Uluru rock formation is one of the most famous mountains in Australia. Located in the center of the island-continent, it has been considered a sacred place for centuries and has recently become an exceptional tourist attraction.
Even more exceptional is the fact that you can see water flowing in hundreds of streams and waterfalls on the pink sandstone slopes of this ad, reaching its highest point at 348 meters (relative to the surrounding flat terrain).
Some tourists and staff of the fortunate Ulusu-Katta Dujuna National Park are accessible these days to the slopes known as Ayers Rock (Ayers Rock, the name given by the first Western explorer in 1873). Destroys some of the most rare images in this Australian semi-desert region.
After heavy rains over the past few days, the landslides allow water to fall in a way that has rarely been seen in decades.
Park technicians pointed out that last weekend the region received an average of 46 liters of rain per square meter, recalling that the total accumulated rainfall in the region in a normal year does not reach 300 liters per square meter.
“Rainwater causes the rock surface to change color, turning from dark burgundy to glossy silver, and each side of the urn takes on a different hue, making this scene delight everyone. Photographers”, explain the park technicians Facebook.
With the arrival of the rains, “desert plants thrive and many animals emerge to feed and feed.”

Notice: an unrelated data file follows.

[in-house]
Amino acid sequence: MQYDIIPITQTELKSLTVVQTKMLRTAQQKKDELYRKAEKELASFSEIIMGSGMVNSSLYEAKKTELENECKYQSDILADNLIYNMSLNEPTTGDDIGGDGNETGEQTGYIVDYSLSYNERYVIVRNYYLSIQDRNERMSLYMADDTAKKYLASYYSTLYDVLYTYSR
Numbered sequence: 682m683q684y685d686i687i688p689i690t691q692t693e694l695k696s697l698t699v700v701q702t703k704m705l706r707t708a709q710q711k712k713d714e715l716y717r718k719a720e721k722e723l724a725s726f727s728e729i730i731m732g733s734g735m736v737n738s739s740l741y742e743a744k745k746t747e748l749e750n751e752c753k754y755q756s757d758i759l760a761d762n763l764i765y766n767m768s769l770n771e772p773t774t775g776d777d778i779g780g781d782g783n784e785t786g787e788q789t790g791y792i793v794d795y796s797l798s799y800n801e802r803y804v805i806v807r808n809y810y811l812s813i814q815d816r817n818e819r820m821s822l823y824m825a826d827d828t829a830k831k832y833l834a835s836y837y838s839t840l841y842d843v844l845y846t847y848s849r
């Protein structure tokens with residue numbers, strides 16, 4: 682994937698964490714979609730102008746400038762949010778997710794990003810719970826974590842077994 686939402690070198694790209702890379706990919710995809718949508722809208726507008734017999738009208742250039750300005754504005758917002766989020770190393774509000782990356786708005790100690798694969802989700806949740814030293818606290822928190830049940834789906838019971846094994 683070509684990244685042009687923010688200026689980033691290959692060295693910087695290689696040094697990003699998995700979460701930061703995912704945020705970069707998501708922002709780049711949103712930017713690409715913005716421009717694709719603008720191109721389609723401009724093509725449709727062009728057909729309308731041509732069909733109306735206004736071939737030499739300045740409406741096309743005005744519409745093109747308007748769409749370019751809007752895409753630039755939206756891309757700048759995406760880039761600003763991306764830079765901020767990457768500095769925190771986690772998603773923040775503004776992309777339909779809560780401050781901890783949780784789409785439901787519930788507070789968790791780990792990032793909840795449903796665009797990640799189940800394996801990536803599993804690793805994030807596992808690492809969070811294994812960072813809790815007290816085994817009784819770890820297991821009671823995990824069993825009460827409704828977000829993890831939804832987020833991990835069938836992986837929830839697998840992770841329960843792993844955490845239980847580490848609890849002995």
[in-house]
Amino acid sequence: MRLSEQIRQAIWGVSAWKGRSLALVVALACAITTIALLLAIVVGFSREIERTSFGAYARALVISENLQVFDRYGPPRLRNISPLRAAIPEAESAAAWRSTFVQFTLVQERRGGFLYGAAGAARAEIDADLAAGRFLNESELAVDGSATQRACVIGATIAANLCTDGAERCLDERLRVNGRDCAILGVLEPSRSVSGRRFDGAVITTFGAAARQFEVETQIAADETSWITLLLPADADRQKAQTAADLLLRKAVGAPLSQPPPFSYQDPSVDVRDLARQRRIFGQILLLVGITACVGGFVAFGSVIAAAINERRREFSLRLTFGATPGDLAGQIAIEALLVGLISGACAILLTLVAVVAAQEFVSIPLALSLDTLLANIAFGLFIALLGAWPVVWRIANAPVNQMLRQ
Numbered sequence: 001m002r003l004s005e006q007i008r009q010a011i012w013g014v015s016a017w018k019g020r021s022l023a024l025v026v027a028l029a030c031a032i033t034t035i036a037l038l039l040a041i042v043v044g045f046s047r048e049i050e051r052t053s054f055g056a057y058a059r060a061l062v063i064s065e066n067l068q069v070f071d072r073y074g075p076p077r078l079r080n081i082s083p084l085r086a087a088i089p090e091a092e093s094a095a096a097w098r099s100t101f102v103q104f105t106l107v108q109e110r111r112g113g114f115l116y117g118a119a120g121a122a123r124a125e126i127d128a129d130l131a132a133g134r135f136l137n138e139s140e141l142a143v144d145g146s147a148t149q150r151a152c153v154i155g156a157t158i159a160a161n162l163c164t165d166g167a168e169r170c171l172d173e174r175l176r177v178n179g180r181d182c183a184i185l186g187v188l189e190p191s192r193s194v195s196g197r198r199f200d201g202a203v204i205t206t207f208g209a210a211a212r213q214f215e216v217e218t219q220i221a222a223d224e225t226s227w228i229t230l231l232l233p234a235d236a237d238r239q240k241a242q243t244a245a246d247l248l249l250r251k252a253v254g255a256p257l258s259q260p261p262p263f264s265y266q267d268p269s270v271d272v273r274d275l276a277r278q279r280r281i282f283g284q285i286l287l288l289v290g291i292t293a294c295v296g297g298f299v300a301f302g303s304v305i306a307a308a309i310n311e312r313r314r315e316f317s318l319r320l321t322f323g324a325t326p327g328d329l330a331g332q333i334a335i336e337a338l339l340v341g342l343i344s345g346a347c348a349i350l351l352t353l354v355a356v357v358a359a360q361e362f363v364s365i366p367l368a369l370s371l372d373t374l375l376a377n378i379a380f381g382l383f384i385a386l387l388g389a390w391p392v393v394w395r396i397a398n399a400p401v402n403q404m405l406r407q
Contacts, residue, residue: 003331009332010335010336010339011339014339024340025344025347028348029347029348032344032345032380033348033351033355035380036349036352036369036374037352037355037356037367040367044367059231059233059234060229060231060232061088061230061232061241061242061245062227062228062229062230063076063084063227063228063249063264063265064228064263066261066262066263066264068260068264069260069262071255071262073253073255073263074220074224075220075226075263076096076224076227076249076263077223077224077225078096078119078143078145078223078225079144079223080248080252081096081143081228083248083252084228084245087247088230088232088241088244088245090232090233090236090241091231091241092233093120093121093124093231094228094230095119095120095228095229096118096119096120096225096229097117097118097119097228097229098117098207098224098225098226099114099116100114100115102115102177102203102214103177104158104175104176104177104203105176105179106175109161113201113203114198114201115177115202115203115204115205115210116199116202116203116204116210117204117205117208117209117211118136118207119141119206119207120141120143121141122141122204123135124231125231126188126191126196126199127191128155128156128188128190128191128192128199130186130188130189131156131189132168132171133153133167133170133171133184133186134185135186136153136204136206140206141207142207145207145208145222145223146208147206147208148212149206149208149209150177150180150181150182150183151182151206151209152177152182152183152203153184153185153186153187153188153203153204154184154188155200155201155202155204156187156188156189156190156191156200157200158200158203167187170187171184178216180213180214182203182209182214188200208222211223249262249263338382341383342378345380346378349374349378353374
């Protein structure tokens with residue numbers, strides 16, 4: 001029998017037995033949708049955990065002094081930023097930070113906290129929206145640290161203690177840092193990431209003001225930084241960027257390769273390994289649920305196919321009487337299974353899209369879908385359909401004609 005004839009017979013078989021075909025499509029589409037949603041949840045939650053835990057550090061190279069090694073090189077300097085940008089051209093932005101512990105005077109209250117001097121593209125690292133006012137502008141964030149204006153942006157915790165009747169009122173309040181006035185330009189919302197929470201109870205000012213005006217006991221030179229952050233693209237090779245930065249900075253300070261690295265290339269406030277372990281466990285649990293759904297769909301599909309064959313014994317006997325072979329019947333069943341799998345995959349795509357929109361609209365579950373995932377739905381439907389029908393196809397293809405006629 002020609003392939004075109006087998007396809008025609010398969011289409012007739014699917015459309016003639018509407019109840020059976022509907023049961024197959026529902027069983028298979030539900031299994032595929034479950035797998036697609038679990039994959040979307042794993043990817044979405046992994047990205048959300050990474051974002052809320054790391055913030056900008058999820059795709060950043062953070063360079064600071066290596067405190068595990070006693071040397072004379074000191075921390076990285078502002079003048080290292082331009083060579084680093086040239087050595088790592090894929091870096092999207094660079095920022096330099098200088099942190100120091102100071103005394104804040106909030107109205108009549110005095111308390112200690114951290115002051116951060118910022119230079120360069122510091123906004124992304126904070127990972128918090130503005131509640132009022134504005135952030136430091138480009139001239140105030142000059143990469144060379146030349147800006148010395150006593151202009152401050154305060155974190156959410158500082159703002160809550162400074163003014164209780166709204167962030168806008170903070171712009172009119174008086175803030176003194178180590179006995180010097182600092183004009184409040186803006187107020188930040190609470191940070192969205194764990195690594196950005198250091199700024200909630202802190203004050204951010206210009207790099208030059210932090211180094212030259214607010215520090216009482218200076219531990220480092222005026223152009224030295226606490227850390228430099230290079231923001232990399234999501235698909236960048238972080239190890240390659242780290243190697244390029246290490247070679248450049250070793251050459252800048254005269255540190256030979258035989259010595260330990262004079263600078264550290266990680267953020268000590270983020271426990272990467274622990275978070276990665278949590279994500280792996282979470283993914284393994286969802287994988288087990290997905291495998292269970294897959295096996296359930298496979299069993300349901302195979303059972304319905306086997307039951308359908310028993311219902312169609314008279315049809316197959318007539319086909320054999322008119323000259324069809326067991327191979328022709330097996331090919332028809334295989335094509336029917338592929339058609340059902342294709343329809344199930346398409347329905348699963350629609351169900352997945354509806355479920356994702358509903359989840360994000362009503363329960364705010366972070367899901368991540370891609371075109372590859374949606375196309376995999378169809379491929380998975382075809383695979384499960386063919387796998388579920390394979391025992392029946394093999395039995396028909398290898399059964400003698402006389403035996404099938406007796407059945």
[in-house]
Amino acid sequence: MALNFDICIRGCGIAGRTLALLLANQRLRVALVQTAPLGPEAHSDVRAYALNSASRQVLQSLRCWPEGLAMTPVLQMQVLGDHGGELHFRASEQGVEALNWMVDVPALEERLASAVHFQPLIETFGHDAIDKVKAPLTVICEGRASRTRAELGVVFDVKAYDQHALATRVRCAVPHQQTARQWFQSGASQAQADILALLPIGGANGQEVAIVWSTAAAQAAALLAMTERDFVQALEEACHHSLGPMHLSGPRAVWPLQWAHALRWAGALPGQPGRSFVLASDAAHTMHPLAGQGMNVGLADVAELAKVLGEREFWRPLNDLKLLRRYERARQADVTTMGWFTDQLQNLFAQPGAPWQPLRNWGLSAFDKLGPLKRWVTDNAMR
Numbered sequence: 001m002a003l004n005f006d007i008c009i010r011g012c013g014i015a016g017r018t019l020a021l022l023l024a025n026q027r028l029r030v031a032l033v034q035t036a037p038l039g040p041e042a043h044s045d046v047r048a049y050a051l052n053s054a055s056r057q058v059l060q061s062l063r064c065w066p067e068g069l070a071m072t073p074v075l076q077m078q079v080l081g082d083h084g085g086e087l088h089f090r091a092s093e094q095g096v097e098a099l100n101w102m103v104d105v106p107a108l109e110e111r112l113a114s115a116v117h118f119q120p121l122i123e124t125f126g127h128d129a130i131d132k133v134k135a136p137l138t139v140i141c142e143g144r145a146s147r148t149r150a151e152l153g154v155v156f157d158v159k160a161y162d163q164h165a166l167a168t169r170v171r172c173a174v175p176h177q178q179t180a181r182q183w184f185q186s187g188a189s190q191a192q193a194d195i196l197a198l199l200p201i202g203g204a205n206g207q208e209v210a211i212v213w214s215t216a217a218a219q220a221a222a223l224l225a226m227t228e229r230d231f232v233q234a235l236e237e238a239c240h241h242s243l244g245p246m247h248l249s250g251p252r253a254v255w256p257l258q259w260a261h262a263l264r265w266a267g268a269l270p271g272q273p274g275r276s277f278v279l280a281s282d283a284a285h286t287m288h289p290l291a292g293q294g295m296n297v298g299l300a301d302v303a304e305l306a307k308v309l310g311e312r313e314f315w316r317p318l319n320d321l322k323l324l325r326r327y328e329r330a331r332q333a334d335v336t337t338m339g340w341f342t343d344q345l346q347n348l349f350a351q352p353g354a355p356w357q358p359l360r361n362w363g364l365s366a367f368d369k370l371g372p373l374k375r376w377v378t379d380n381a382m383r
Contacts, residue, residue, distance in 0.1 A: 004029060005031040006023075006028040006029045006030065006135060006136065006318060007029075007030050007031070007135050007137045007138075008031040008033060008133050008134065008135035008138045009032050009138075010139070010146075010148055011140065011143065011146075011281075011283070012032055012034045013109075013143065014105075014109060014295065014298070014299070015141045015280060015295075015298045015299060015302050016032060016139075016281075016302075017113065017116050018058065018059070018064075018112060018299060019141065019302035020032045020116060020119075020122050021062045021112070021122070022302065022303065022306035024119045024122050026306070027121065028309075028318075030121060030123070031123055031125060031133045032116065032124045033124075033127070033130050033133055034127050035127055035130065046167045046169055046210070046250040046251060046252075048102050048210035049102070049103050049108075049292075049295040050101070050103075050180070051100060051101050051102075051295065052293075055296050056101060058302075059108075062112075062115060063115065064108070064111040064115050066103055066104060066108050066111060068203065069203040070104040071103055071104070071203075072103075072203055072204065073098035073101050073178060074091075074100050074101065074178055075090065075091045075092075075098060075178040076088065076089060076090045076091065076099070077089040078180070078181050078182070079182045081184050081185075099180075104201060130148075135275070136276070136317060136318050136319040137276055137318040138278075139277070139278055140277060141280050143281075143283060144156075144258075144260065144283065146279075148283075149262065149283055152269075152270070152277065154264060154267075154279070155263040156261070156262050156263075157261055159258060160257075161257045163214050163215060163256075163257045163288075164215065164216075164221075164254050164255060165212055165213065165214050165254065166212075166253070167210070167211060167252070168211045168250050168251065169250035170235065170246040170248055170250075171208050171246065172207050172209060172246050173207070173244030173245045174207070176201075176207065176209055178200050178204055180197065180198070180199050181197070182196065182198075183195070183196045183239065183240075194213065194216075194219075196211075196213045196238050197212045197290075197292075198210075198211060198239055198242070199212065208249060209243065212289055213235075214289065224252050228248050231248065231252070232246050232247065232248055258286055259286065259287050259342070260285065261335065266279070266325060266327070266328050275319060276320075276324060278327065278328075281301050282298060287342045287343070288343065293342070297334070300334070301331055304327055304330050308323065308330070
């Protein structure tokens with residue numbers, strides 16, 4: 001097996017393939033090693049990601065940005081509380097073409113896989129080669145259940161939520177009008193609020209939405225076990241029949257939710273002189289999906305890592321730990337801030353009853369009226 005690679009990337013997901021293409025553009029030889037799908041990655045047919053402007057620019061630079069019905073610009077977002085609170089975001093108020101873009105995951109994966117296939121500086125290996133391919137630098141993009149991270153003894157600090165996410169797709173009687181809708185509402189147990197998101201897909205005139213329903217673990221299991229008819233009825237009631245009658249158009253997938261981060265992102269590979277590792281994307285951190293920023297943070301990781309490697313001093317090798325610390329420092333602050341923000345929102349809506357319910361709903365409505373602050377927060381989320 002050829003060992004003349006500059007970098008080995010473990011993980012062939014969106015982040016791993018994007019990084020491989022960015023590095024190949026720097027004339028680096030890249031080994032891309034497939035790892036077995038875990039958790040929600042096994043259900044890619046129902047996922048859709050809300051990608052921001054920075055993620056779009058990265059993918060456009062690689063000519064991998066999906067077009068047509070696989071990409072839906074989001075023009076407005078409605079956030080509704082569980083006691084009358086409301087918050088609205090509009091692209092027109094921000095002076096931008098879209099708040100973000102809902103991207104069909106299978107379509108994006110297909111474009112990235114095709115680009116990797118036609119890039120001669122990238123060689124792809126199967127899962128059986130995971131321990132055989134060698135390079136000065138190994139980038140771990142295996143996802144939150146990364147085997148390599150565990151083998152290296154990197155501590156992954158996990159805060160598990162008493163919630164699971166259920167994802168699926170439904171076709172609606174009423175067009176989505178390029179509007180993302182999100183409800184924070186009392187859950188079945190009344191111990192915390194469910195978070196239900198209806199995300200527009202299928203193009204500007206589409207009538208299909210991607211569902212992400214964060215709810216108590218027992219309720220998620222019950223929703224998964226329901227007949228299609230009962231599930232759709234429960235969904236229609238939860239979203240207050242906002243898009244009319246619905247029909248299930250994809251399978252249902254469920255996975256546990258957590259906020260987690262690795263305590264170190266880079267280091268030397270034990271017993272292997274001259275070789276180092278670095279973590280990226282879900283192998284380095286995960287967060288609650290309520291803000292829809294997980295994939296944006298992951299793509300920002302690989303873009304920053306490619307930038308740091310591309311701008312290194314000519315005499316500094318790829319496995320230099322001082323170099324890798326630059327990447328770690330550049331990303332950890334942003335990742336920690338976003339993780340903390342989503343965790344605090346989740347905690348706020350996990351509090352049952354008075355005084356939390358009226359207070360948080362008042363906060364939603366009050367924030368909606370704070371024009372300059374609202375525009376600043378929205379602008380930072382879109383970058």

These days some of those animals have already been spotted and the National Park staff revealed that a group of native burying frogs were very active in the cultural park building.
Uluru has been included in Uluku-Katta Dujuna National Park since 1987. It is a complex of great cultural significance for the traditional Anangu citizens, arranging guided tours to inform tourists about local fauna and flora, Mount Pass and local legends. .
For many years, climbing to the top of Uluru was allowed as long as the right weather conditions prevailed, but as of October 26, 2019, park directors have banned Australians as a whole from climbing or climbing on the rocky territory, out of respect for the preferences of the Bitjandjjara culture that inhabits its surroundings and considers it sacred.
The surface of a single ray changes color according to the inclination of the sun’s rays throughout the day and at different seasons of the year. The image of Uluru at sunset is especially popular when it turns red.
Rainfall is rare in this semi-arid region, but during wet seasons the rock acquires a silvery-gray color, with black streaks due to algae growing in the water courses.
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